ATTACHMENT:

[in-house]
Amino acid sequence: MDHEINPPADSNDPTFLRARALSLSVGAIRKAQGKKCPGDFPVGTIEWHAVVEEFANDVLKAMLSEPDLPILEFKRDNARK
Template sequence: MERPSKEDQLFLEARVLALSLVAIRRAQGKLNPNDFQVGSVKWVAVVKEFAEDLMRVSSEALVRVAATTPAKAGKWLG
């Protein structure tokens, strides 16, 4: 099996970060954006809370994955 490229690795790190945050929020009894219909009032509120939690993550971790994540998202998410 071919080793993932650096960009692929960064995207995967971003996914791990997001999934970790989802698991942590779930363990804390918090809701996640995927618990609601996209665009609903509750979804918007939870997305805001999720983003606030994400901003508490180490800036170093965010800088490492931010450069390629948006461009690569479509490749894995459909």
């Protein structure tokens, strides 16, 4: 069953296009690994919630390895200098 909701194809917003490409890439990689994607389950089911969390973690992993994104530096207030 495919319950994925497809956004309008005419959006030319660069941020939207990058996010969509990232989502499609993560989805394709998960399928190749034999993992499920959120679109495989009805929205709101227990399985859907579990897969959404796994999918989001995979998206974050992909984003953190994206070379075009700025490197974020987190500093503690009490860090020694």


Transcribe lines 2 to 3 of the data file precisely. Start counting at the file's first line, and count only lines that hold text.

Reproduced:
Amino acid sequence: MDHEINPPADSNDPTFLRARALSLSVGAIRKAQGKKCPGDFPVGTIEWHAVVEEFANDVLKAMLSEPDLPILEFKRDNARK
Template sequence: MERPSKEDQLFLEARVLALSLVAIRRAQGKLNPNDFQVGSVKWVAVVKEFAEDLMRVSSEALVRVAATTPAKAGKWLG